Exodus: Gods and Kings

"Good"

Exodus: Gods and Kings Review


Aside from impressive 21st century digital effects, this new take on the Moses story pales in comparison to Cecil B. DeMille's iconic 1956 version, The Ten Commandments, which is far more resonant and intensely dramatic. Biblical epics are tricky to get right, and Ridley Scott certainly knows how to make them look and feel terrific (see Gladiator and Kingdom of Heaven), but his films are generally about the spectacle rather than the human emotion. So this version of the biblical story will only appeal to viewers who have never seen a better one.

It's set in 1300 BC, when the Israelites have been in captivity in Egypt for 400 years. Now rumours of liberation are circling, centring on Moses (Christian Bale), the adopted son of Pharaoh Seti (John Turturro), raised as a brother alongside the future Pharaoh Ramses (Joel Edgerton). When it emerges that Moses is actually a Hebrew, he is sent into exile in the desert, where he finds a new calling as a shepherd and marries his new boss' sexy daughter Sefora (Maria Valverde). Moses also has a run-in with the Jewish God, who appears in the form of a young boy (Isaac Andrews), challenging Moses to free the Israelites. As Moses attempts to spark a slave revolt, God sends seven horrific plagues to convince Ramses to let his people go.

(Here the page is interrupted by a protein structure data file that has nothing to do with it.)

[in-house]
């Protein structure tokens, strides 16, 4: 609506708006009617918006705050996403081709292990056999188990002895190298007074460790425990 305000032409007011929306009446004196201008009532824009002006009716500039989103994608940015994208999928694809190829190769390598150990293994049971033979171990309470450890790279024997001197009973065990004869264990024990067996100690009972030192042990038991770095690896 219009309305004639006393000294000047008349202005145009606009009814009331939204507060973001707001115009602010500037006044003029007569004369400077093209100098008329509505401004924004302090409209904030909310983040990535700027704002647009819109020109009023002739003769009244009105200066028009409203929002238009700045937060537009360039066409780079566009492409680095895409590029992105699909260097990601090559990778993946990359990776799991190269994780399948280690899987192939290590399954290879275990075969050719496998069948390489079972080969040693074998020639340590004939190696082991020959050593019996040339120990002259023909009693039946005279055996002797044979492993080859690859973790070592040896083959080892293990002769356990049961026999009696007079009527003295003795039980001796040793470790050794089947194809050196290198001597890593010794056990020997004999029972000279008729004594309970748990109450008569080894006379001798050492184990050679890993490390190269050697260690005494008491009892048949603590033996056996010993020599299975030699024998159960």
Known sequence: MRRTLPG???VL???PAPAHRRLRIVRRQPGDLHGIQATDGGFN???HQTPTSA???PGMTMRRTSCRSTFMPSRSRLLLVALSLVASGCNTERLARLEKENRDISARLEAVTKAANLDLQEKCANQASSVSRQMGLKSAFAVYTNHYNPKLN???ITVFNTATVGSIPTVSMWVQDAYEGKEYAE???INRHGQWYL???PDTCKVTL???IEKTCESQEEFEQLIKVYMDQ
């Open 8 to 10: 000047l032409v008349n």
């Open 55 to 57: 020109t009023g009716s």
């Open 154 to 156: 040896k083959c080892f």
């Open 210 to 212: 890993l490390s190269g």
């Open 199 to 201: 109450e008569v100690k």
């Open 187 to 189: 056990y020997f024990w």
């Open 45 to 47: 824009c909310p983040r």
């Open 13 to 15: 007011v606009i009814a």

The script struggles to have its cake and eat it too, finding rational explanations for the plagues and miracles while still maintaining God's supernatural intervention. It's a rather odd mix that demonstrates just how compromised the movie is: it's a big blockbuster rather than a story about people. Several elements work well, such as depicting God as a boy, although the screenplay never manages to make much of the female characters. And only Ben Mendelsohn manages to inject any proper personality as the weaselly overseer of the slaves. Bale and Edgerton both catch the complexity of their characters' situations, privilege mixed with personal revelations. But Scott is more interested in parting the Red Sea than taking them anywhere very interesting.

Still, this is a remarkable showcase for the skilled special effects artists who bring ancient Egypt to life on a grand scale, with tens of thousands of extras and massive monuments rendered as impeccably as the sets and costumes. In 3D they even have fun throwing frogs, flies and locusts into the audience's face. And viewers who know the biblical story will enjoy seeing it re-enacted in such an expansive way, especially as it plays up the conflict between pagans and true believers. But they may miss some haunting parallels with rebellions that are going on today.

Exodus: Gods and Kings Trailer



Exodus: Gods and Kings

Facts and Figures

Genre: Action/Adventure

Run time: 150 mins

In Theaters: Friday 12th December 2014

Box Office Worldwide: $75.9M

Budget: $140M

Distributed by: 20th Century Fox

Production compaines: Chernin Entertainment, Scott Free Productions, Babieka

Reviews

Contactmusic.com: 3 / 5

IMDB: 6.7 / 10

Cast & Crew

Director:

Producer: , Peter Chernin, , Michael Schaefer,

Starring: as Moses, as Rhamses, as Joshua, as Tuya, as Nun, as Seti, as Miriam, as Séfora, Golshifteh Farahani as Nefertari

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